2010 Subaru Outback Fan Questions Features Rating, We Explain

September 11, 2009
2010 Subaru Outback

2010 Subaru Outback

Never let it be said that users don't read our reviews with an eagle eye. Reader Keith Siegel shot us a note this morning, asking the following question:

I was surprised to see a score of "8" for Features in your 2010 Subaru Outback review. The only negative was the failure to offer memory seats for driver/passenger. If that was the only noted feature that wasn't offered, shouldn't it have been awarded a "9"?

Good question, Keith. Our reasoning is that other vehicles in the crossover category offer a wider set of features, albeit some without the practical versatility of the Subaru or at a higher price.

Our ratings are comparative, although Features isn't just matching one vehicle's list against another's. We look at anything functional that doesn't directly affect comfort: storage cubbies, how the seats fold, etc.

Price also factors into Features rating. In our 2010 Subaru Legacy review, Subaru's $20,000 base model sedan earned a "9" for features because it's better equipped than competitors at that level. The Outback costs more and competes with pricier vehicles, so it has to be measured accordingly.

The base Toyota Venza, for instance, includes dual-zone climate control and a steering wheel that not only tilts and telescopes (as does the 2010 Outback's) but has audio controls built in. We rated its Features at "9".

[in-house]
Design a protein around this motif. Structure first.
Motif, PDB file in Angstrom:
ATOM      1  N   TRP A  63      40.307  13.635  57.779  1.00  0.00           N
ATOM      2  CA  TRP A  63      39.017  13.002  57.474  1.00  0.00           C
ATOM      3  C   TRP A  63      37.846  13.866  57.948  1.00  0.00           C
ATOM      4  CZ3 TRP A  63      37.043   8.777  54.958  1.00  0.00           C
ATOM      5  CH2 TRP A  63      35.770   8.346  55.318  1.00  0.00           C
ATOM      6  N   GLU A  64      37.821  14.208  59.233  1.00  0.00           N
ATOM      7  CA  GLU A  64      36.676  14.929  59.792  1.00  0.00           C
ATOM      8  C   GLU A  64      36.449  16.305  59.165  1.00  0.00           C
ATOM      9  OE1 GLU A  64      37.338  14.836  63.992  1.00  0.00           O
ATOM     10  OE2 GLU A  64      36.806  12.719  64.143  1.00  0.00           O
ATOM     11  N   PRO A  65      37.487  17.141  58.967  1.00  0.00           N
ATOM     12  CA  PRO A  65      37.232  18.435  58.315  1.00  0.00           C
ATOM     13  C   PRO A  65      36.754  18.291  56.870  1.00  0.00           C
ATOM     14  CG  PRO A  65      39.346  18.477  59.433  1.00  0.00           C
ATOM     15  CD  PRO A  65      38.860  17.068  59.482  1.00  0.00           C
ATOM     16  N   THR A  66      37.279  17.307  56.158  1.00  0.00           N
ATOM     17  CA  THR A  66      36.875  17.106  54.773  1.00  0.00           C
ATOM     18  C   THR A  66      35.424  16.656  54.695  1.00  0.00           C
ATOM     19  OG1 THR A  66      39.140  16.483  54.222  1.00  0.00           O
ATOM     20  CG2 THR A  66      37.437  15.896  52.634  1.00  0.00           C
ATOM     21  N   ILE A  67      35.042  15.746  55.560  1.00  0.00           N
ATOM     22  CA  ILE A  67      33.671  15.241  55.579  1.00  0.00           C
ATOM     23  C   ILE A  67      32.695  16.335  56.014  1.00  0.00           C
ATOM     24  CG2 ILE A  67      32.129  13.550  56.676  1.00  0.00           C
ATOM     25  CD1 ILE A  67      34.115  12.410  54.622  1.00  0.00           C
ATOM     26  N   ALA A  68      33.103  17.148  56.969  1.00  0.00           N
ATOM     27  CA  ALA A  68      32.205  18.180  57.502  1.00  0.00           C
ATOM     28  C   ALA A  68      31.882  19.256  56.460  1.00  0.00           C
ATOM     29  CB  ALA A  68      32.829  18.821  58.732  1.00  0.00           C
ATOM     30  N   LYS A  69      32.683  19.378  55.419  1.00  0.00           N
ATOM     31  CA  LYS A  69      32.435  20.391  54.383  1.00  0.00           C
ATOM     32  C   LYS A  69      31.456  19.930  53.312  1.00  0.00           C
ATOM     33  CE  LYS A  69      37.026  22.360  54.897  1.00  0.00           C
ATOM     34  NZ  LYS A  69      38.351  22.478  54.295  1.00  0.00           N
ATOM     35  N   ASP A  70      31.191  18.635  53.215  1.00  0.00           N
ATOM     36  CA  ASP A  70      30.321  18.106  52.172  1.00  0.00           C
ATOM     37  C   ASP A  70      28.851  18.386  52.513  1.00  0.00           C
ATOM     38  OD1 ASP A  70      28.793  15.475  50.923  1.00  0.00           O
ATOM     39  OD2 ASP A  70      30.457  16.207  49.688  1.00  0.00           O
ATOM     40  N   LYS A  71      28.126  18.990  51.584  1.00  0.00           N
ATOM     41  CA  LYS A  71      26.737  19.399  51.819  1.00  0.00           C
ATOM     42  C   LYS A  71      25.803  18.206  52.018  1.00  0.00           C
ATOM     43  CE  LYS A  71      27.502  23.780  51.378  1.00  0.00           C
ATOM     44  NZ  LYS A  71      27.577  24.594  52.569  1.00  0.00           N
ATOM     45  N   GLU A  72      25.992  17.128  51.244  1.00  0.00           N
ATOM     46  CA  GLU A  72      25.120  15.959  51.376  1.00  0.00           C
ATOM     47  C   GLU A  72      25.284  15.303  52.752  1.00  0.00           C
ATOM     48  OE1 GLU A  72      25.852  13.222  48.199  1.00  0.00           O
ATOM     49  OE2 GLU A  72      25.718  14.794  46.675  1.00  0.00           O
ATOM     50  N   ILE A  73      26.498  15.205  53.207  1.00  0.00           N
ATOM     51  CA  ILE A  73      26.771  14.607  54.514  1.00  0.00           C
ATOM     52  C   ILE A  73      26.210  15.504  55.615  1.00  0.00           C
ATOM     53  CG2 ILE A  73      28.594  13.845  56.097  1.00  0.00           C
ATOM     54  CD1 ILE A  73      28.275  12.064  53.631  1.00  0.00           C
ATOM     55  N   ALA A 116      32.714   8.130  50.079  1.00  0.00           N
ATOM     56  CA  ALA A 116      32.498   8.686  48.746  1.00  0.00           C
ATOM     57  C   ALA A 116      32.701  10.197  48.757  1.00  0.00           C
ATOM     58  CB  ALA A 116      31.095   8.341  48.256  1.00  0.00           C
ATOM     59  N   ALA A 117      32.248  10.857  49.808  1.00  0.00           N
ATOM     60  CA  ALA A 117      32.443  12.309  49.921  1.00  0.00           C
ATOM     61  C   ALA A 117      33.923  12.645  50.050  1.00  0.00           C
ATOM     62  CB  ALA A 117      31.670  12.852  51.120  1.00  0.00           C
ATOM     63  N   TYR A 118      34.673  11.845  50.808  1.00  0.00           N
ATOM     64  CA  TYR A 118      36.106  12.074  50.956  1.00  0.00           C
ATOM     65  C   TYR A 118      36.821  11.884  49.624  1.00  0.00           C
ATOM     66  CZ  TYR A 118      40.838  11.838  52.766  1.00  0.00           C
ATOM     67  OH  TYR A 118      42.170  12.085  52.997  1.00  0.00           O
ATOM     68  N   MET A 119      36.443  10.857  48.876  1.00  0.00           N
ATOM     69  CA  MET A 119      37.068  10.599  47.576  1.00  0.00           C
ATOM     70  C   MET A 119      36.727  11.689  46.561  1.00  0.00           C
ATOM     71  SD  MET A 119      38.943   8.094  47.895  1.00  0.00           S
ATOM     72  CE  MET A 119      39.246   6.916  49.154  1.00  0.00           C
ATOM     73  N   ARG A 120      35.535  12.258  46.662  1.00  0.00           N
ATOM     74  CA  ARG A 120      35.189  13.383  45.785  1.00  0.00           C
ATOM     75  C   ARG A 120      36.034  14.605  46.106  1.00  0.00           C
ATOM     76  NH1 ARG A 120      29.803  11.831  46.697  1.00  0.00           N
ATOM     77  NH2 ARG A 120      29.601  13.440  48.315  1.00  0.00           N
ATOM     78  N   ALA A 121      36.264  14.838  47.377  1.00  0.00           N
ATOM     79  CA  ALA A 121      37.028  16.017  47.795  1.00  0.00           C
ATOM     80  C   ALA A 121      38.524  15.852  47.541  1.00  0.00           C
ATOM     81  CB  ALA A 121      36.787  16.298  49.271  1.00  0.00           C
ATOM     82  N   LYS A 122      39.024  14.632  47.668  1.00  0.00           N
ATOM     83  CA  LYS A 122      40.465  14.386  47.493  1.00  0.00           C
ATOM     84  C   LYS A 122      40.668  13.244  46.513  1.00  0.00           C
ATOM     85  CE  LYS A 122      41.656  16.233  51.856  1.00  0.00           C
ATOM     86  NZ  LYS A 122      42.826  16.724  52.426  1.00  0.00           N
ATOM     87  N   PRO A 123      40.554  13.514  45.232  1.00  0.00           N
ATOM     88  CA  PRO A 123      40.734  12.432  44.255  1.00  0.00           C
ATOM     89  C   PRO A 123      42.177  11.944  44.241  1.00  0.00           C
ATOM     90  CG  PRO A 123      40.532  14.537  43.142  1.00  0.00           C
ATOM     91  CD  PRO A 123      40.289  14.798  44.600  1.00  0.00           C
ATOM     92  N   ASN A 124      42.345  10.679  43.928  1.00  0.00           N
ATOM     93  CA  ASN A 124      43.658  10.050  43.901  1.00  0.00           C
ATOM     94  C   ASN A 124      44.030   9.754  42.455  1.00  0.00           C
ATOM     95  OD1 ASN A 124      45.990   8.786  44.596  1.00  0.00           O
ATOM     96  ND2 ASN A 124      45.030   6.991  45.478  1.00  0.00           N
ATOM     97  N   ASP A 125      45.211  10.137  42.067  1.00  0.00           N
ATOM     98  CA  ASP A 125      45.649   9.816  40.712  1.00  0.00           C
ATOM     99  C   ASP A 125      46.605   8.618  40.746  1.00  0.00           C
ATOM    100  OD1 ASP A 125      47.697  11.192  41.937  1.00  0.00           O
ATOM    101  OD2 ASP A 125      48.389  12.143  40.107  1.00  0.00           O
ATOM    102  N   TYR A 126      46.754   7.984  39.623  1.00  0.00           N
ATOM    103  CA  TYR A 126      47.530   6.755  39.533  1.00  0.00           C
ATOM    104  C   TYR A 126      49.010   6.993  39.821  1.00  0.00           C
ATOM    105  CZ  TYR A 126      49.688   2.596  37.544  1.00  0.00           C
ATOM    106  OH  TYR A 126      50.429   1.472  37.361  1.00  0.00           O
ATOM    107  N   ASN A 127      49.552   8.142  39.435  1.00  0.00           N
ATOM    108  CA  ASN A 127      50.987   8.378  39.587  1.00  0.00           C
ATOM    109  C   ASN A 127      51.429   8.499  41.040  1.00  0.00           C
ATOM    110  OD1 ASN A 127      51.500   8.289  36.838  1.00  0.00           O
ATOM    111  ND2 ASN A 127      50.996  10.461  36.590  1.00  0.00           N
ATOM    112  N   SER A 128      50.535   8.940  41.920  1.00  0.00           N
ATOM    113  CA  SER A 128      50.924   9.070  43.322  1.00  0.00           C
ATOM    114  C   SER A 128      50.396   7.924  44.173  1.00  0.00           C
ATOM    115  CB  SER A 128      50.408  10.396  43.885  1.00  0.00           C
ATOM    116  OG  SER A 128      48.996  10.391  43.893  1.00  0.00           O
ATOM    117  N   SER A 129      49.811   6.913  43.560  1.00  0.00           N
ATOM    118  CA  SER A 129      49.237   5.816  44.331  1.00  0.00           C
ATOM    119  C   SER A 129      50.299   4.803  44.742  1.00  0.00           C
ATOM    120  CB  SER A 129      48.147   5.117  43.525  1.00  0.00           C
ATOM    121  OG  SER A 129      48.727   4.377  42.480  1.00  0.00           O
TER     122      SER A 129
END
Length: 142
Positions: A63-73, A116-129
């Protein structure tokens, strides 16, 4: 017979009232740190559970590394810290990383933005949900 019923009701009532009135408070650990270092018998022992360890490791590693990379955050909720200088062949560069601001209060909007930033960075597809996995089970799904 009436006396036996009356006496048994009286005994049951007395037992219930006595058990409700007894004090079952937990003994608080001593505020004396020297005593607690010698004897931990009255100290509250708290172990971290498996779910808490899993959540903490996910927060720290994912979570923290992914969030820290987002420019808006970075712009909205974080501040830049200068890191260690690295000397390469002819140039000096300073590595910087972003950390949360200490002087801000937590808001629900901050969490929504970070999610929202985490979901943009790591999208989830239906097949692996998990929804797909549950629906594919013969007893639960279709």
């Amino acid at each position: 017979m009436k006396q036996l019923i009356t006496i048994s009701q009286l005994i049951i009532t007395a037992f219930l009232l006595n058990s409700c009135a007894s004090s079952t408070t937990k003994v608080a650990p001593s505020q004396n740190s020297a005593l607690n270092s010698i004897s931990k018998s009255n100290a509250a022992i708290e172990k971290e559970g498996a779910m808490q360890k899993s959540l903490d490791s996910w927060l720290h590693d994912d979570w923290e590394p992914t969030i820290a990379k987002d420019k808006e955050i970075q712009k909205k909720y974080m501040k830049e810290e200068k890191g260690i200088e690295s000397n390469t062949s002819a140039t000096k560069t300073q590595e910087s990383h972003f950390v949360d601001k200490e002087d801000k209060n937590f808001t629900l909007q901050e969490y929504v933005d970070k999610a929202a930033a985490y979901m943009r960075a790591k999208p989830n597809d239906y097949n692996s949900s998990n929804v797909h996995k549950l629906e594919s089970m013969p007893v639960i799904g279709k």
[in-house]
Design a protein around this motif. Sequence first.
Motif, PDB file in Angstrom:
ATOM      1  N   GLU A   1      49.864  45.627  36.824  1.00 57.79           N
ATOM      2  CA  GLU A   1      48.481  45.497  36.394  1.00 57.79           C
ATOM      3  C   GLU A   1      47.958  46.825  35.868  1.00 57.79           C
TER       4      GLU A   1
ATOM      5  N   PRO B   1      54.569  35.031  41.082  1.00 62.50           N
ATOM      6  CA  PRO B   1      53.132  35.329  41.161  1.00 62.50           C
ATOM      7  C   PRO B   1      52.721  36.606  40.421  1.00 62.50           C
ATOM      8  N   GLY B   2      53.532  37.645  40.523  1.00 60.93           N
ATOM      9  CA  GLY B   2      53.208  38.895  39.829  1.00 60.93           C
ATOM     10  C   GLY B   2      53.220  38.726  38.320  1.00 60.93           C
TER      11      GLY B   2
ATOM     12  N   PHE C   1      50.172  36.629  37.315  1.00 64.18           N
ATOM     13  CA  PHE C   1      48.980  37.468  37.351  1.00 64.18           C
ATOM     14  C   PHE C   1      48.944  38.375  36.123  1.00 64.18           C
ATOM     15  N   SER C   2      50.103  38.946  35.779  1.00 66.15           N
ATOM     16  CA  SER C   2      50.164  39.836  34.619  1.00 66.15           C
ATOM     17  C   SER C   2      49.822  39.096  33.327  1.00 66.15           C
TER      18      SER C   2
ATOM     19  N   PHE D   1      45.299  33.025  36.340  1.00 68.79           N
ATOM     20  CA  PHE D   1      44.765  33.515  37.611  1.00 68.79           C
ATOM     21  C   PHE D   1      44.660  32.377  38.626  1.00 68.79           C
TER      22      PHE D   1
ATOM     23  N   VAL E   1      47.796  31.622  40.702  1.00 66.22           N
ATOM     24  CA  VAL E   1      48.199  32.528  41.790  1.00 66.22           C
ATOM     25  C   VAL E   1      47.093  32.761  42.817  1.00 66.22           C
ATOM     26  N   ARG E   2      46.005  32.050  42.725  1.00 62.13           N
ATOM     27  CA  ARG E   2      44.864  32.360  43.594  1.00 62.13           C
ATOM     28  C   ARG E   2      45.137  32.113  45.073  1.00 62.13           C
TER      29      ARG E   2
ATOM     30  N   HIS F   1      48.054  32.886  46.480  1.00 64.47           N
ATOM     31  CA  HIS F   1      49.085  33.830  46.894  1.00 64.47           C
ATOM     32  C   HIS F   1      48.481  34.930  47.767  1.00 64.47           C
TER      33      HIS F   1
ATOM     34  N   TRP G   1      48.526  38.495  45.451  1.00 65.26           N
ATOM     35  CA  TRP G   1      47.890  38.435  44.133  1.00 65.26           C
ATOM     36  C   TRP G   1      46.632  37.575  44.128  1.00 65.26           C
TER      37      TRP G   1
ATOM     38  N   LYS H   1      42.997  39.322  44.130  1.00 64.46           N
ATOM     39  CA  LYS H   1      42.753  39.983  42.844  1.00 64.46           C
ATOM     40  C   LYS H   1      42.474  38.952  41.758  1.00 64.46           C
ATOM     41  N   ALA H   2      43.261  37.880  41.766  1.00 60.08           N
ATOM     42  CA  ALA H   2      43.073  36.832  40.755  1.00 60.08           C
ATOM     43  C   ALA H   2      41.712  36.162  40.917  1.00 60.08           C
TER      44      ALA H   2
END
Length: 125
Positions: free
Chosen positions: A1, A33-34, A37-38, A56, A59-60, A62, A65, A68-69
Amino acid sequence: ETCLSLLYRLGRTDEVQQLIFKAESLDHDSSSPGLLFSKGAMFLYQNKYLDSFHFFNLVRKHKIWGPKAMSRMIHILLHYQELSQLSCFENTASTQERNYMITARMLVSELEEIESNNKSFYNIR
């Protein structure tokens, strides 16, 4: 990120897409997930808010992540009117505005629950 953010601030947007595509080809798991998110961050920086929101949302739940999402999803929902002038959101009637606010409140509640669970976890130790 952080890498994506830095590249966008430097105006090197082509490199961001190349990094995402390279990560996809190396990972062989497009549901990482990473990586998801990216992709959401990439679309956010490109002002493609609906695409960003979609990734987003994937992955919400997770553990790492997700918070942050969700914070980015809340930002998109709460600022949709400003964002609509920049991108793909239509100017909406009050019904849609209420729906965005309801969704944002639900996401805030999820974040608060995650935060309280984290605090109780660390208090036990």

While the 2010 Volvo XC60 is $15,000 pricier than the 2010 Outback, it includes HD Radio, Sirius Satellite Radio with six months' service, and a large moonroof. Moreover, the XC60's first three years or 36,000 miles of maintenance are included at no extra cost. There, too, Features got a "9".

We rate the 2010 Outback highly on value for money, but it's worth noting that the lowest-cost $22,995 Outback 2.5i model doesn't even have electric seats. Most Outback buyers are likely to end up spending the better part of $30,000 to get the Premium or Limited level, providing a set of features comparable to competitors.

Frankly, Subaru has never been particularly aggressive in fitting new features to any model. It wasn't until 2006 that any Subaru offered a navigation system; the high-volume Outback didn't get it until this year.

Meanwhile, other 2010 Outback features like Bluetooth and a USB port are offered even in economy compacts like the $14,000 2010 Kia Forte. So they hardly set the Outback ahead of the pack.

2010 subaru outback 022

2010 subaru outback 022

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